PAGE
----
Already booked? Sign in or create an account
Updated Guidance for Cruises Departing the U.S. Beginning August 8, 2022. View health and travel requirements
The history and culture of Nova Scotia’s capital are largely on view in all the Halifax shore excursions you can book when this city is your port of call on a Nova Scotia Canada cruise. Halifax is a city that’s defined by the sea: It sits on one of the world’s largest natural harbors and from its founding has been an important public, commercial, and military seaport.
The city’s waterfront buzzes with history and hospitality and there are Halifax shore excursions to enhance your experience. Stroll along Harbourwalk to shop and eat on a global scale; stop at the Canadian Museum of Immigration, then wander through the stalls and stands at the City Farmer’s Market. Walk the Warehouse District to browse in restored buildings that now house craft shops.
See the city and its sights from the waterside on Halifax cruise tours speed along Nova Scotia’s stunning coastline, enjoying the spectacular scenery and keeping an eye out for whales, dolphins, and other wildlife. Step aboard a sailing vessel and pay rapt attention as your expert crew guides you through the basics of sailing – tacking, gybing, unfurling the sails, and more.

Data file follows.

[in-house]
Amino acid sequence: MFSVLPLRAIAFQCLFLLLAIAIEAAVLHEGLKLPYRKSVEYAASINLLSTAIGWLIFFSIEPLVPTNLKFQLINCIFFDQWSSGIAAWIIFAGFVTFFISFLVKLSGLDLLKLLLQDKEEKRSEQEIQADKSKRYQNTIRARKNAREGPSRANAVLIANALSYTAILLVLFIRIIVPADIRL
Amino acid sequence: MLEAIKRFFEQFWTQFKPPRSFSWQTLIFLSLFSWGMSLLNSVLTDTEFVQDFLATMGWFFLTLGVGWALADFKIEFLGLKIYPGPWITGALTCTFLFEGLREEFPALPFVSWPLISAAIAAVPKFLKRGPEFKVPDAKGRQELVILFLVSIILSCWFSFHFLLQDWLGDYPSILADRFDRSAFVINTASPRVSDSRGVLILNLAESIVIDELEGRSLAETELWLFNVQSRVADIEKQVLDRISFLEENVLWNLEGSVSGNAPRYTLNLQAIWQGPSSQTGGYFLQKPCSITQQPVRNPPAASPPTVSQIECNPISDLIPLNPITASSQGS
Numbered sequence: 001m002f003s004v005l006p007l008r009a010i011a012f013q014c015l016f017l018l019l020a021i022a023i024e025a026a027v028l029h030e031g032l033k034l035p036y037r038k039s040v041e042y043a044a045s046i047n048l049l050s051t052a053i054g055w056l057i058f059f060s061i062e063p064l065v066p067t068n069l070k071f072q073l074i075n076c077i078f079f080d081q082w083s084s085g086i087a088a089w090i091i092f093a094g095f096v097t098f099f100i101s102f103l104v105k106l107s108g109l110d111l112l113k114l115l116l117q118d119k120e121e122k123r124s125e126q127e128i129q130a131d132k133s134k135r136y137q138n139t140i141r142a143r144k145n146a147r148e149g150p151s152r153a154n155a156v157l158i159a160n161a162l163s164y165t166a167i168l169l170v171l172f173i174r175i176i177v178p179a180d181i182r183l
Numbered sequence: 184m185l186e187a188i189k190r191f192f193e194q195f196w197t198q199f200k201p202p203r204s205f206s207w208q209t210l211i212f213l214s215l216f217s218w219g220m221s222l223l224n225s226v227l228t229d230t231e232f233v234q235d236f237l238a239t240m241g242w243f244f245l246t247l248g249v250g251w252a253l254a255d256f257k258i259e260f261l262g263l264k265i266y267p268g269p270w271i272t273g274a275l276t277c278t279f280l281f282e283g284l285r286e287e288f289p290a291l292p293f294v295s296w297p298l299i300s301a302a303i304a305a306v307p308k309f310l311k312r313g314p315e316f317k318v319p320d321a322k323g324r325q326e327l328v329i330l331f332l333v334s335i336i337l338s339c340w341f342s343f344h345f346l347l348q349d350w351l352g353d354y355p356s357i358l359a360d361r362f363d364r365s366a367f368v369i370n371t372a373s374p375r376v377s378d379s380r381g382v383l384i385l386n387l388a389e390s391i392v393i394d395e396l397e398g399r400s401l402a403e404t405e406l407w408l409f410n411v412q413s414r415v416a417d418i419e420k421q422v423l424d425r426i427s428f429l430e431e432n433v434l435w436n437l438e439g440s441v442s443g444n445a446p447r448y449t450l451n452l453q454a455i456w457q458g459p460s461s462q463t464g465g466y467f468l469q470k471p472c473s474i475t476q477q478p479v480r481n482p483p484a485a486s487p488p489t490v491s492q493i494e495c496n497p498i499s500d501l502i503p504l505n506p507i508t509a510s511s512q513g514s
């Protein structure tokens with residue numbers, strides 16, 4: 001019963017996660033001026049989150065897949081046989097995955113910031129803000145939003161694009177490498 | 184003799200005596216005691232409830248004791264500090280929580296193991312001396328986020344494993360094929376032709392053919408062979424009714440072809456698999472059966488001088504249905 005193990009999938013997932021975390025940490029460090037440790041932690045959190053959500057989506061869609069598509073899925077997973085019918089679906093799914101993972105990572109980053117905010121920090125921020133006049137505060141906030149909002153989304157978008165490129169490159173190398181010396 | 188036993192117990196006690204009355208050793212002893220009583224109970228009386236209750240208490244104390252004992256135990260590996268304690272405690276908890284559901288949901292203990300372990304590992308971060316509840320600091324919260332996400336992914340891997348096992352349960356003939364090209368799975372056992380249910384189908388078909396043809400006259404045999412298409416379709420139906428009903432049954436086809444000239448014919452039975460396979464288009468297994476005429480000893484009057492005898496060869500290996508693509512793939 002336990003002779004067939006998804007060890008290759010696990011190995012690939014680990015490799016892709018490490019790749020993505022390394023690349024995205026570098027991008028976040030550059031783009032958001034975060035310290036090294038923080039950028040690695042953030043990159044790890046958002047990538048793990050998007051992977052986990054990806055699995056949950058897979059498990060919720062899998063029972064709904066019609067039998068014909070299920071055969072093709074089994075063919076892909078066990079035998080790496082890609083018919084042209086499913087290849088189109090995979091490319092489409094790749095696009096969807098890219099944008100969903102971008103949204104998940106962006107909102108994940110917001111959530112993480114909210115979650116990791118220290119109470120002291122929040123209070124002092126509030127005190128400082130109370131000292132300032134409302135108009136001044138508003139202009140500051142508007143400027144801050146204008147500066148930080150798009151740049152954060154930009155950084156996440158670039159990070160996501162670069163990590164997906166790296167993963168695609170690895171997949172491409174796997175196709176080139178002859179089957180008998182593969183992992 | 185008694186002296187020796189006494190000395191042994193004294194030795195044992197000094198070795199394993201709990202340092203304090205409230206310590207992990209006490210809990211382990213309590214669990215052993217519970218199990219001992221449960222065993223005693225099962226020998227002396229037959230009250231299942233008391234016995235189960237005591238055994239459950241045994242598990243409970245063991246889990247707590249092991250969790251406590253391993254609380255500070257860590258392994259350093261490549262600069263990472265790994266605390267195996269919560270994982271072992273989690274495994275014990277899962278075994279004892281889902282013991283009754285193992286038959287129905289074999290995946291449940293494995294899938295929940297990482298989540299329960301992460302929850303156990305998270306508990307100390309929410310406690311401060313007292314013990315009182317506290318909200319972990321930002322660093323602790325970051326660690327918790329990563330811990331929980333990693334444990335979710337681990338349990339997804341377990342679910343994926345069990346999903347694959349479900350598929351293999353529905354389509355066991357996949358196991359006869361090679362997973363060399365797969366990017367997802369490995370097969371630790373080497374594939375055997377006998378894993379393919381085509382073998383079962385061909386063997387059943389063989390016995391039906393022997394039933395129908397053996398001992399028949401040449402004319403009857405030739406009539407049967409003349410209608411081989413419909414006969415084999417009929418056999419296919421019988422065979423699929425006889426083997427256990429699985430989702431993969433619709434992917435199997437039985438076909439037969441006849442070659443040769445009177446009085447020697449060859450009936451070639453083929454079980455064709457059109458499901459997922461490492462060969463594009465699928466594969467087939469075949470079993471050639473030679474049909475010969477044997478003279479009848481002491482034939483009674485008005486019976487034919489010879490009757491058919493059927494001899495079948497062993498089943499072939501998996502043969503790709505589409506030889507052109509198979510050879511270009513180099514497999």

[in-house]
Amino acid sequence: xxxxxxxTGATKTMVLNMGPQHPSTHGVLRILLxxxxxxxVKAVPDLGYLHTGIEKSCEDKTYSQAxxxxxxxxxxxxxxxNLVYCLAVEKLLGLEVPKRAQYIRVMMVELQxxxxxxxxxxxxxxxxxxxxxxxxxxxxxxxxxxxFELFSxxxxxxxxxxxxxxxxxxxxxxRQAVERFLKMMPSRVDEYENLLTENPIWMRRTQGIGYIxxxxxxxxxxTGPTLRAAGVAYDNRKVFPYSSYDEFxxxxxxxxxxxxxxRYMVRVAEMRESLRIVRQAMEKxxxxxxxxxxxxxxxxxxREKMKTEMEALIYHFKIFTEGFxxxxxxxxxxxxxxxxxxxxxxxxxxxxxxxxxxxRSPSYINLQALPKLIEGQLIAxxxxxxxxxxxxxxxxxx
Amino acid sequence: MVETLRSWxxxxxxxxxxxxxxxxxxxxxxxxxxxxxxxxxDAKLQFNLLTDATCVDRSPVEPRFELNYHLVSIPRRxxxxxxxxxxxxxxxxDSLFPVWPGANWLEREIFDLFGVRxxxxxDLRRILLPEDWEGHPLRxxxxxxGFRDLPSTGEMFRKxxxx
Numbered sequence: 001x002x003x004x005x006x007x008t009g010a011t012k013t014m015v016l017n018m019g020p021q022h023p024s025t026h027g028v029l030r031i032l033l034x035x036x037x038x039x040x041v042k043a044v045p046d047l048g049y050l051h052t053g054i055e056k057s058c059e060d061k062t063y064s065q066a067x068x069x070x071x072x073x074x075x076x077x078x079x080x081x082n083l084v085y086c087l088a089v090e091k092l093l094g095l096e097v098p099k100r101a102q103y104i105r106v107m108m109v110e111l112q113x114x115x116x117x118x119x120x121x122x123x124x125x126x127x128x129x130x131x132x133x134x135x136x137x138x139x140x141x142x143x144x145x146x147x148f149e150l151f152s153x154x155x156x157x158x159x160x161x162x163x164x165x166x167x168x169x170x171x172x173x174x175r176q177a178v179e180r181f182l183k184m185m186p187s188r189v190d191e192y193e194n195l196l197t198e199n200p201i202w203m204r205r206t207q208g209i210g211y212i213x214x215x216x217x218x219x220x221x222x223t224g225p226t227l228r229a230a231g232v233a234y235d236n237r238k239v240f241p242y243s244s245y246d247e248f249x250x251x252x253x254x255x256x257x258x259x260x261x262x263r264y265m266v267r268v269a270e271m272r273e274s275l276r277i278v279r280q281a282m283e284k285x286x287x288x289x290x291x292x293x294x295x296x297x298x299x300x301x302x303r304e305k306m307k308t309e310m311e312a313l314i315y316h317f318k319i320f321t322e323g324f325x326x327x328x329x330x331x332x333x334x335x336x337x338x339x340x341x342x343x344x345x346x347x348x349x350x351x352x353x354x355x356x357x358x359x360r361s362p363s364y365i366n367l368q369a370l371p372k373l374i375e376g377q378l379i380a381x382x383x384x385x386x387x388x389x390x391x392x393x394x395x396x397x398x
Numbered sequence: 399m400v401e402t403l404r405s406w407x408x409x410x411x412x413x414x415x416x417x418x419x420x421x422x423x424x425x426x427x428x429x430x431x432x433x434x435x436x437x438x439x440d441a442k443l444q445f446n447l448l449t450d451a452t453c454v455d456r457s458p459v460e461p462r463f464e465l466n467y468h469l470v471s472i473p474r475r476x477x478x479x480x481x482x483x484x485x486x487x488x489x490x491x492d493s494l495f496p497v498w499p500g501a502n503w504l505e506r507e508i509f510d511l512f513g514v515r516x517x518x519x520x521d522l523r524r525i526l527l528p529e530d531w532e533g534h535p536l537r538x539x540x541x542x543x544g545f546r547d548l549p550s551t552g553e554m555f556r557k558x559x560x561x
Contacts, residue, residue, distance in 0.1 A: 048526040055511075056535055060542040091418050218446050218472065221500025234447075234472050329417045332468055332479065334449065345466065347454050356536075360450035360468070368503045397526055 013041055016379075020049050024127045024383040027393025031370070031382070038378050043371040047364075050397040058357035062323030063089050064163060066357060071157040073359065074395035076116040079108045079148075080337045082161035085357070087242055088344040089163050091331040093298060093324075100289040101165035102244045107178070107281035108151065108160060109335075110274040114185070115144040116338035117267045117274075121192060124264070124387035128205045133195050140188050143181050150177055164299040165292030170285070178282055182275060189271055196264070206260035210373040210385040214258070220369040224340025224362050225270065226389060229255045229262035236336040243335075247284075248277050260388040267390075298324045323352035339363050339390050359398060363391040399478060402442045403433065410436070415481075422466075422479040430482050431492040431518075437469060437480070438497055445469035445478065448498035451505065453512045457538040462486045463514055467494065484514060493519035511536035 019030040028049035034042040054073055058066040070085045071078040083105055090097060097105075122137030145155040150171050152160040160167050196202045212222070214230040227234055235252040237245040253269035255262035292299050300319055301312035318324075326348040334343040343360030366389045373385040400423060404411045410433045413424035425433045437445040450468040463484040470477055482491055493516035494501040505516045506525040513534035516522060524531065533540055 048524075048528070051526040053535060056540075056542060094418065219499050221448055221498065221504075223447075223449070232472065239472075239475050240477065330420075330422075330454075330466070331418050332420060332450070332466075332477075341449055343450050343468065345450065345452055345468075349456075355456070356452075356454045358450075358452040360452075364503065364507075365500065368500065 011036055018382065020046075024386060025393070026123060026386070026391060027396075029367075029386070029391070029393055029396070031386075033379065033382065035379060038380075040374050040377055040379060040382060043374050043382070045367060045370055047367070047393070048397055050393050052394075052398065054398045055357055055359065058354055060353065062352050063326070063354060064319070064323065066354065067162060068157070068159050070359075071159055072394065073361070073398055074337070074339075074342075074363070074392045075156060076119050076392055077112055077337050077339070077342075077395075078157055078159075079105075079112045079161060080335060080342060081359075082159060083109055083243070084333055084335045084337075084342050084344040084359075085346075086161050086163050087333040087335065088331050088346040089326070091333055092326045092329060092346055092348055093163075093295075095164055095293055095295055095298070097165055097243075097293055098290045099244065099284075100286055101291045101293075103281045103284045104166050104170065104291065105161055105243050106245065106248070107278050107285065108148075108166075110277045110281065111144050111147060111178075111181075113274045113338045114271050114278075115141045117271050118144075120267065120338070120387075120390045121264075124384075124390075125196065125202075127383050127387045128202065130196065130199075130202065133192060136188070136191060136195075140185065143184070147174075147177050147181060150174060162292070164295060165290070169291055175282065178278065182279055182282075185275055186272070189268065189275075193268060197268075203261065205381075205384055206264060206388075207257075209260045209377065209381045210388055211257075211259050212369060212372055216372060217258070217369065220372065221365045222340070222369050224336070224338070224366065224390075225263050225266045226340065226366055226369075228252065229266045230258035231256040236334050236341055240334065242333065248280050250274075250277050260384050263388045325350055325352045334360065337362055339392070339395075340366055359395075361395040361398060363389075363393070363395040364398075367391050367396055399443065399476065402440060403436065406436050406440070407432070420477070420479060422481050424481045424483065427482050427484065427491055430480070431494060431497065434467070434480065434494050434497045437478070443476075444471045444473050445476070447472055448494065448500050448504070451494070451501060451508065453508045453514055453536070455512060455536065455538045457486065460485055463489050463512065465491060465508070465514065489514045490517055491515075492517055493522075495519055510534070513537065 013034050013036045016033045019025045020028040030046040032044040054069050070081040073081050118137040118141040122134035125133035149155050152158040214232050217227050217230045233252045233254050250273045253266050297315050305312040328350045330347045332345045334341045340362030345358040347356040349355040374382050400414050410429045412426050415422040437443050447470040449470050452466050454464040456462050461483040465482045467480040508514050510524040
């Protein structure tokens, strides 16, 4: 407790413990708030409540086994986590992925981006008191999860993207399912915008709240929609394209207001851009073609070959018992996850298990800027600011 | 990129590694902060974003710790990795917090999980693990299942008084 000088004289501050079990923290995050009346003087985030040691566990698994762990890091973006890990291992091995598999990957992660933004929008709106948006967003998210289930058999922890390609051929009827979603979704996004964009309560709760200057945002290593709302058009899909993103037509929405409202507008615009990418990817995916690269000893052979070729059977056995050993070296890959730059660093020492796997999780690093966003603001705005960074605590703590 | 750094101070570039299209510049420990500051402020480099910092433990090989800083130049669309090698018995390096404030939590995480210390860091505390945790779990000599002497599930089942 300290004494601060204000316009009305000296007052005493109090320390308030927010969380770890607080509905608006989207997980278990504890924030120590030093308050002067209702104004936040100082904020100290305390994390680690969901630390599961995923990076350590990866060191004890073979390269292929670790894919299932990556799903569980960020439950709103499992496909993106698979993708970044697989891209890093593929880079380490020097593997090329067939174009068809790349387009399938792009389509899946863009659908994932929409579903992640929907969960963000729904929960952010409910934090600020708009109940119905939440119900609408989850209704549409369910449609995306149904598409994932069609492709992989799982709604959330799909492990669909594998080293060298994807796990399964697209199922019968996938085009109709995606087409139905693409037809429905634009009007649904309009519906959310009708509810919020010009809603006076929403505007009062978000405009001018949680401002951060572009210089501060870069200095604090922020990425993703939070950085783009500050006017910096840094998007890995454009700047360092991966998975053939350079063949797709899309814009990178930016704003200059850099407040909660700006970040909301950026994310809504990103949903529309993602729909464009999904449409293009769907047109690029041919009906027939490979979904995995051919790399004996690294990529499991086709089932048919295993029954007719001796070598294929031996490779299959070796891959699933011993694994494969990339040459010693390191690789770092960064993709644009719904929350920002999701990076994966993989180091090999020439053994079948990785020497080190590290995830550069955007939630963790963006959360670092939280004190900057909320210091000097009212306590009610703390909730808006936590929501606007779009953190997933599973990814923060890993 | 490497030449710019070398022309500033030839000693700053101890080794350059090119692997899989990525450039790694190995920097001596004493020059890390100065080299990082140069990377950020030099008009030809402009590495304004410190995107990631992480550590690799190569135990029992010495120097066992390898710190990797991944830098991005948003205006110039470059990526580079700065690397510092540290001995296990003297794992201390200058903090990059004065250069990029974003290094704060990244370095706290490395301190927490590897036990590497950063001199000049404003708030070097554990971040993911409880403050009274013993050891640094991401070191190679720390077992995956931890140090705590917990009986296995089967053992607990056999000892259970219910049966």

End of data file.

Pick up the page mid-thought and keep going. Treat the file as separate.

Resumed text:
If you’re intrigued by the rich maritime history of the area, book Halifax shore excursions to the Maritime Museum of the Atlantic. The exhibits and collections trace Nova Scotia’s marine history from small crafts to steamships; tracks the story of the Royal Canadian and Merchant Navies; and there’s an exhibit that outlines Nova Scotia’s role in the aftermath of the Titanic disaster.
Much has been written about Nova Scotia’s spectacular lighthouses, and among the best excursions are those that include a stop at Peggy’s Cove, for a look at this quaint village’s lighthouse, learn how the town got its name, and discover the charm that has inspired writers, artists and poets.
Halifax’s history is on display around the city, most notable at the Citadel, the fortress built when the town was founded in 1749. Tour the Army Museum, walk the fort, inside and out, and watch the sentry change on the hour. The Old Town Clock, built in 1803, at the request of Prince Edward, rings out the time for the town.
Take a ferry ride to Halifax Common, Canada’s oldest park, dating back to 1763. Don’t miss the Grand Parade Square, the city’s oldest public open space, and see the Cenotaph, a war memorial to the World War I, World War II, and the Korean War.